What are five things that you don’t want to forget from 2013? (prompt credit: Hope Wallace Karney)
1. If something is intentionally done with love, there should be no guilt or shame afterward
-My therapist offered me this piece of wisdom early on in the semester; I love letting people know that the mean something to me, whether it be sending a random text, a hug, or offering to do something nice in any way. At the same time, sometimes I wonder if I’m heard or get taken seriously because I do it a lot, and at one point I was questioning whether or not I should scale it back a bit. However, this year has taught me how to cherish people, and if that means coming off as somewhat cheesy, I’m not going to apologize for it.
2. Don’t forget to bring the good stuff in!
-One of the trends that often goes around the internet (especially the blogosphere) is how to remove negativity from your life; it could be people, it could be limiting your time on Facebook or in front of the TV, etc. But rarely have I ever heard or read anything relating to how to include what is positive and what is happy; it doesn’t necessarily have to fill the empty space, but it can if it ultimately makes your life better, then I don’t see why not.
3. Make time for those you love
-For many, the term “busy” doesn’t just define a temporary season, but a way of life. I understand that some careers or oriented that way, and that there are those who are constantly used to being on the go all of the time. But from my own experience, doing so eventually gets exhausting, both physically and mentally. I’ve also realized that my second love language (next to physical touch) is quality time. I’m fascinated by people’s stories, and having a strong support system is what has helped me to get through the many rough patches I went through this year. Again, I recognize that some have little to no control over their academic/work schedules, and that realistically time is not something that is freely given. Yet if there’s one thing I’ve learned this year in particular, its that life is fragile and nothing is ever guaranteed. I don’t know about you, but I don’t want to look back on my years and wish that I had seen more of my friends and family. So even if it’s just stopping by a loved one’s house after work or catching up over lunch or coffee for an hour, don’t forget to surround yourself with good people. At the end of the day, I’d rather keep my sanity over success, whatever that make look like.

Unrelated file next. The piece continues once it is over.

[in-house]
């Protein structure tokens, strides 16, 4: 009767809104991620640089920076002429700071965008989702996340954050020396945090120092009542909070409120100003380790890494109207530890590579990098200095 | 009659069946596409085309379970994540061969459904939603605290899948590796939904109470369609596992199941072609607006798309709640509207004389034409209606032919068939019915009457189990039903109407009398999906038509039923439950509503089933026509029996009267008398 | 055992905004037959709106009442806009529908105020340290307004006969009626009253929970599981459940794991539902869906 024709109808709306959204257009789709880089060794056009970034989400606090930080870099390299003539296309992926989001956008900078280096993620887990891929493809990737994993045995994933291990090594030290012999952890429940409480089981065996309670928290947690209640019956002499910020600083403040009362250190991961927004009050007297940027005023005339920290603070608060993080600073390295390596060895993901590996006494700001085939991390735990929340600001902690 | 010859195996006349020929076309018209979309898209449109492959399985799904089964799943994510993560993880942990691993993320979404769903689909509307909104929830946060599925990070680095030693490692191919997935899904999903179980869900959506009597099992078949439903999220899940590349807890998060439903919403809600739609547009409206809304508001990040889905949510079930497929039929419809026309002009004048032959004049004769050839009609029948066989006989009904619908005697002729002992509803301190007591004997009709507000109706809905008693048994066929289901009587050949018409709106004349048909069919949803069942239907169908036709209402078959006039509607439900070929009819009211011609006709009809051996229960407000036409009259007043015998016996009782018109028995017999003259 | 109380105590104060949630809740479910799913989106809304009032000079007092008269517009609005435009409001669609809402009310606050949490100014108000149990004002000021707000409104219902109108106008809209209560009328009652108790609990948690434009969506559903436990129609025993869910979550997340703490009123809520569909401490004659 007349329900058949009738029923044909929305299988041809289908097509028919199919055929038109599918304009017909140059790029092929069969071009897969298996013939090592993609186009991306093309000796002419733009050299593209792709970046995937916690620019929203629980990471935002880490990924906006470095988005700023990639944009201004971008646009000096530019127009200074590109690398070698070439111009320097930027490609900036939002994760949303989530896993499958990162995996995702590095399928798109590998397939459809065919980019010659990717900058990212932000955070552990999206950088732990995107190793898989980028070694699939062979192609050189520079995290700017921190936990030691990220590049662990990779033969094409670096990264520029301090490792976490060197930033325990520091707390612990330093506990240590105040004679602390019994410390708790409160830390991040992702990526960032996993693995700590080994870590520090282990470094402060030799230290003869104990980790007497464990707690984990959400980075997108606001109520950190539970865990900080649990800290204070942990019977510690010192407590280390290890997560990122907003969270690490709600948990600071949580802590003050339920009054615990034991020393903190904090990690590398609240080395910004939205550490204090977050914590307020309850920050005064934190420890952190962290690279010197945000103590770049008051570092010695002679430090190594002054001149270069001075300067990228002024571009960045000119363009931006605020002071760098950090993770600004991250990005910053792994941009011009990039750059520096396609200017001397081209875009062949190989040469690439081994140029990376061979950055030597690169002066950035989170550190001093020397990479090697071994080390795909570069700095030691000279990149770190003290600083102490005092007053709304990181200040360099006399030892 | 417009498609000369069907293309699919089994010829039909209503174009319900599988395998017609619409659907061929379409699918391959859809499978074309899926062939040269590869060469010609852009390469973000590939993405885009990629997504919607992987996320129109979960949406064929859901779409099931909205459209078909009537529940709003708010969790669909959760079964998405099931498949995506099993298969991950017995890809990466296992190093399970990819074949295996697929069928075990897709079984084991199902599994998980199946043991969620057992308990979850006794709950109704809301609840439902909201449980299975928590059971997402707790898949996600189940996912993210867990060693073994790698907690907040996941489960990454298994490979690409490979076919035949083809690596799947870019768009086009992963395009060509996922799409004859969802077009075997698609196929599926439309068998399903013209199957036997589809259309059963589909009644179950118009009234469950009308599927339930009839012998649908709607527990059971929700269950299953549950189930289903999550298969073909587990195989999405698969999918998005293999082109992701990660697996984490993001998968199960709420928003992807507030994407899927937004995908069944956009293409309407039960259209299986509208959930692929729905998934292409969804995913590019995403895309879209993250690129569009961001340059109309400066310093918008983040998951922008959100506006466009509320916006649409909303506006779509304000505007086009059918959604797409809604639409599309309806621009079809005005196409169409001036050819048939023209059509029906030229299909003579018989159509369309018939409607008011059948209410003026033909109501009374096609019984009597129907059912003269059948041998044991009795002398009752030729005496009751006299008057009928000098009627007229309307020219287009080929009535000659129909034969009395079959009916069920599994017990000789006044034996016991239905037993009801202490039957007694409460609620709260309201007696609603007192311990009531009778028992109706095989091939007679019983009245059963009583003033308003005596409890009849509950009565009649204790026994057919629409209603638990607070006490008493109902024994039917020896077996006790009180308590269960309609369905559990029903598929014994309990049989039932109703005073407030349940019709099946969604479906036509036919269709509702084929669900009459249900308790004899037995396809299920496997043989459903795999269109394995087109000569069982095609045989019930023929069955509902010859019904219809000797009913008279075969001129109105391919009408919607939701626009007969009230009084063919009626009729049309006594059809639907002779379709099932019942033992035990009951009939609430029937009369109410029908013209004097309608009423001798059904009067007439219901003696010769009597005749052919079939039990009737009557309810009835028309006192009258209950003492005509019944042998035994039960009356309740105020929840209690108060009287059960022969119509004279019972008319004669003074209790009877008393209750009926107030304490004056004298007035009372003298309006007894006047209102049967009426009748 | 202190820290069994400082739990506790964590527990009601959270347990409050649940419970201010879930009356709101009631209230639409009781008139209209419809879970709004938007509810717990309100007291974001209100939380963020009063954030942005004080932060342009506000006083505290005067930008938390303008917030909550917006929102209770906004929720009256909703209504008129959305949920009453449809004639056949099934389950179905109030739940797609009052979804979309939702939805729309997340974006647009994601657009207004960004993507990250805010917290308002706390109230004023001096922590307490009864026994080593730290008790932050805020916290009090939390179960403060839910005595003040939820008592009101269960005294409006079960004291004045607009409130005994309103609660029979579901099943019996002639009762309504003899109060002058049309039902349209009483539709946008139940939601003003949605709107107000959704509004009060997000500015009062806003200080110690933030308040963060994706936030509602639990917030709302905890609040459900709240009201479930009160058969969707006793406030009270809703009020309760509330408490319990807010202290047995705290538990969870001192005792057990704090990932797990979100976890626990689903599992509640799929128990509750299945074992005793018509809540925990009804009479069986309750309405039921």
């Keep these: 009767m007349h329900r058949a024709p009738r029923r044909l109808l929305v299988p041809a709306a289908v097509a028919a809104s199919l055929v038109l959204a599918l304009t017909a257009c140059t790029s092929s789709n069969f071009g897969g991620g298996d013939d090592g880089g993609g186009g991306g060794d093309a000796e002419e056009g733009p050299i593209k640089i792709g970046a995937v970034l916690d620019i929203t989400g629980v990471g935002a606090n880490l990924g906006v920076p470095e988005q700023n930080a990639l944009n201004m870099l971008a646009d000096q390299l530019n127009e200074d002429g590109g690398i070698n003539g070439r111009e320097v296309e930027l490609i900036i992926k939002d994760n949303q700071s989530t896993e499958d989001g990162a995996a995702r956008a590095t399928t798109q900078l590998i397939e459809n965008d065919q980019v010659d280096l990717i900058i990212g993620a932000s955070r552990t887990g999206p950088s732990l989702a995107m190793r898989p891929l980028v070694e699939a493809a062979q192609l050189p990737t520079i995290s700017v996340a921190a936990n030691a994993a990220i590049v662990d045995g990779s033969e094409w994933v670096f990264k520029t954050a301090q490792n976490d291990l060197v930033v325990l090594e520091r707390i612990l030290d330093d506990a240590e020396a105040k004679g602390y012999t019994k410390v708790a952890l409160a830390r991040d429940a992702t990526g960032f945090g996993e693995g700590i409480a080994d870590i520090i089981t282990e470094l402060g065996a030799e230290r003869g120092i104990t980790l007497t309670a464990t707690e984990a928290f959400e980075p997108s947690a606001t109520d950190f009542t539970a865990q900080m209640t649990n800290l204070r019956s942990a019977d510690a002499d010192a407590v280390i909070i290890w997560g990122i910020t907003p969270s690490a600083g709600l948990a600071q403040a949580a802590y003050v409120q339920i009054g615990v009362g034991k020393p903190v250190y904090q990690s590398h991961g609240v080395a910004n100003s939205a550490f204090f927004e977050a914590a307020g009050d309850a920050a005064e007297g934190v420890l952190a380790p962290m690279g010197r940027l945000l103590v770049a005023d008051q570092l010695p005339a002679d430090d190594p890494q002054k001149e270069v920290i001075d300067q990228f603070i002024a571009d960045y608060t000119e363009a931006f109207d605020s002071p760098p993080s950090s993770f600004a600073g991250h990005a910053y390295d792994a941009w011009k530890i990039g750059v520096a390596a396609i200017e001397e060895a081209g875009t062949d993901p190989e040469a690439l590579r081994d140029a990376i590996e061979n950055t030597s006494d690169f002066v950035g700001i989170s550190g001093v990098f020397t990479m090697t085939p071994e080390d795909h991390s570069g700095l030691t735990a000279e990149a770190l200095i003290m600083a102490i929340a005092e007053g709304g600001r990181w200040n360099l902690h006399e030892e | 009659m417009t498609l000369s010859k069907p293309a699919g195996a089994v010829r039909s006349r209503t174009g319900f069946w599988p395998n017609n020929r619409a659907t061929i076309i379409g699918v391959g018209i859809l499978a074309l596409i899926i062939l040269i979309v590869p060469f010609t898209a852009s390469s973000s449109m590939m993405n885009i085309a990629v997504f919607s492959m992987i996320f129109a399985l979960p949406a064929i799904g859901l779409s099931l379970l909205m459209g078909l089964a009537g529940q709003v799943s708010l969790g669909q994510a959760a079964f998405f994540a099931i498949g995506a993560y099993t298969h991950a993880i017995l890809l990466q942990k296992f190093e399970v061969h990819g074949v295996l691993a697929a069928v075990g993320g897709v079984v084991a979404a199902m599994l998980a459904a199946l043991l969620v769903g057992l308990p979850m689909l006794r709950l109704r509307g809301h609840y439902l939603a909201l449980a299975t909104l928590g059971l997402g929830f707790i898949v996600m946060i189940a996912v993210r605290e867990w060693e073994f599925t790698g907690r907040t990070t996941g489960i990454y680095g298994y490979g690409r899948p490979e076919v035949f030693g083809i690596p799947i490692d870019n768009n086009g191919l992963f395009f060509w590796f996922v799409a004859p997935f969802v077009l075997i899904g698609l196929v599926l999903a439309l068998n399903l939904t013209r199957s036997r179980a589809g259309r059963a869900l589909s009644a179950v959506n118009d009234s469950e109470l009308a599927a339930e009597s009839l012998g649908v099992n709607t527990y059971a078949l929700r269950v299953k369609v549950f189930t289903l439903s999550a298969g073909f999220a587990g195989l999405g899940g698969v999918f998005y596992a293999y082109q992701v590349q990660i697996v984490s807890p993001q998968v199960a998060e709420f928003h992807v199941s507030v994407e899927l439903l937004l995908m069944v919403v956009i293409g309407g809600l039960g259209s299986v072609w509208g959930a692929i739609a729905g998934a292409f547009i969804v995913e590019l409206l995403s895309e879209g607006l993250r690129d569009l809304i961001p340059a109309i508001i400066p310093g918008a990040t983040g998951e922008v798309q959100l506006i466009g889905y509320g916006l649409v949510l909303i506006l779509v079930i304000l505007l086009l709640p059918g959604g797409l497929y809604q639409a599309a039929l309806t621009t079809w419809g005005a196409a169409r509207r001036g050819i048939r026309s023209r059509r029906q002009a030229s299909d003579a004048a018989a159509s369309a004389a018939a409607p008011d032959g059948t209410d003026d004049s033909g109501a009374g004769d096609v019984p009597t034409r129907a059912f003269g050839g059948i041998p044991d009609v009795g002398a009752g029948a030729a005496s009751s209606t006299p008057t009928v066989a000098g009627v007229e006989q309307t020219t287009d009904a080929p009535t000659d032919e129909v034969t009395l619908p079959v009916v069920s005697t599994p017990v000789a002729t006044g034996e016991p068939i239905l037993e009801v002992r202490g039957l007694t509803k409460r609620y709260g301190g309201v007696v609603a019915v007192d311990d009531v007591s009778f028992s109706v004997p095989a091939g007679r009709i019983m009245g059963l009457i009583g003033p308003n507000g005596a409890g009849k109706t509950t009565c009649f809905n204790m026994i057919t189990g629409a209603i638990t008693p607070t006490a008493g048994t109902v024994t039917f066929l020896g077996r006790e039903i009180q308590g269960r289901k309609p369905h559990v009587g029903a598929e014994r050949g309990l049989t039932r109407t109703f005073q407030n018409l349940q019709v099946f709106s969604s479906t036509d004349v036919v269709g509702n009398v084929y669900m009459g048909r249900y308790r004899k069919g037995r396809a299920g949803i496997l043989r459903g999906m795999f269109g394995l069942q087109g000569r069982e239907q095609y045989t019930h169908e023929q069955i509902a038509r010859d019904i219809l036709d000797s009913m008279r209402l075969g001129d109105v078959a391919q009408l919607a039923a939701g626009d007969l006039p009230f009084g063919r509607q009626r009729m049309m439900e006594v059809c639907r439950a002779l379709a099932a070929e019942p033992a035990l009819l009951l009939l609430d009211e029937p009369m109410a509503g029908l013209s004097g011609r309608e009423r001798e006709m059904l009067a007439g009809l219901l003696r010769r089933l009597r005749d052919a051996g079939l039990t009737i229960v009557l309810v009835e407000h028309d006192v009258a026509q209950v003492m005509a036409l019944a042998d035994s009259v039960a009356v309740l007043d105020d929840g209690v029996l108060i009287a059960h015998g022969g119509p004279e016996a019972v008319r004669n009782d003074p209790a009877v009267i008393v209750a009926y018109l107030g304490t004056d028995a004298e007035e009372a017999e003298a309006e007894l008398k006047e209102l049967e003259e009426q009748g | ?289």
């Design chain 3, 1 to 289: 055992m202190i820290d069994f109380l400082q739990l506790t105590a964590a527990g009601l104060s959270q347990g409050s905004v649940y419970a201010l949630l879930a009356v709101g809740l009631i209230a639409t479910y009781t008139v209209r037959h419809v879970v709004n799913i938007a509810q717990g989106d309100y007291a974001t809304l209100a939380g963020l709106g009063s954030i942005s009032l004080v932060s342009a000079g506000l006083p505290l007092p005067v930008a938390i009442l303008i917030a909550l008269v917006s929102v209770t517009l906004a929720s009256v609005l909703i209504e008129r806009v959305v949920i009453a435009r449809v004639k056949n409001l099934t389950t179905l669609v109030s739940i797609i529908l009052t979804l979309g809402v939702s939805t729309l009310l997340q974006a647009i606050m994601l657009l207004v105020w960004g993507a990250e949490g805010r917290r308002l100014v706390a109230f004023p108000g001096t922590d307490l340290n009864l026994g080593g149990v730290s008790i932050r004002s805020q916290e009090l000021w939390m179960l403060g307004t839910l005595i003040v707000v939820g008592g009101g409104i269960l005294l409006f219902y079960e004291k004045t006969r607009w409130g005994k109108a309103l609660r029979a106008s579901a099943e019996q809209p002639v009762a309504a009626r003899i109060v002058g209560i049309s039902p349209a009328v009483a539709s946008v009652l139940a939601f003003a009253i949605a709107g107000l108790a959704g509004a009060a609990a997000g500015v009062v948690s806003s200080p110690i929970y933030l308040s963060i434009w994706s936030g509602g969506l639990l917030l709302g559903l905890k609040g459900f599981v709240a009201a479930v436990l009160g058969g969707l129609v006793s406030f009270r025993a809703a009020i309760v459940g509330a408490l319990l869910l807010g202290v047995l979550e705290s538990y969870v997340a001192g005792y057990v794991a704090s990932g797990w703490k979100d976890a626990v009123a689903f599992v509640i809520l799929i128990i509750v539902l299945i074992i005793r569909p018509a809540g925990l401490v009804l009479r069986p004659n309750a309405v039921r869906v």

4. Indulge in fun (and child-like) things
-Along with making time for loved ones, it’s also important to make time for doing fun stuff. It doesn’t have to involve going out and getting drunk, nor does it have to involve alcohol in general. In the last five months, I re-discovered activities that I used to do as a kid, and I still get a kick out of at the age of twenty-one. To celebrate the fourth of July, my friends and I went to a local carnival and had a barbecue. In October, we went apple/pumpkin picking and then had a pumpkin carving party. It’s no secret that I love watching Disney movies and I’m determined to host a game night or two before graduation. Contrary to popular belief, adulthood doesn’t have to always be about choosing what’s necessary over what you want. In other words, it doesn’t have to suck. You just have to be creative (particularly if a budget is involved) and intentional with what you’re doing if it’s a big event. That being said, it’s OK to be spontaneous too!
5. Let yourself BE
-If there’s a singular roadblock to being vulnerable, it’s when you focus on how to say something rather than just saying it. I’ve spent so much of this year trying to explain certain happenings and feelings in a way that everyone can understand, and in the end I wound up making it harder than it needed to be. In the grand scheme of it all, I cared too much about what other people thought and landed in an emotional prison because of it. While whole-heartily do my best not to intentionally hurt other people or cause conflict, I’ve learned that the more you try not to hurt somebody else, the more you end up hurting yourself. The reality is that not all will understand or empathize with the situation, nor will they care. It’s not a question of whether to be selfless or selfish, but how to set boundaries and take care of myself. And it’s a process that I’m still going through.
There are plenty more gems of wisdom that I picked up this past year, but these are the top five. What are yours?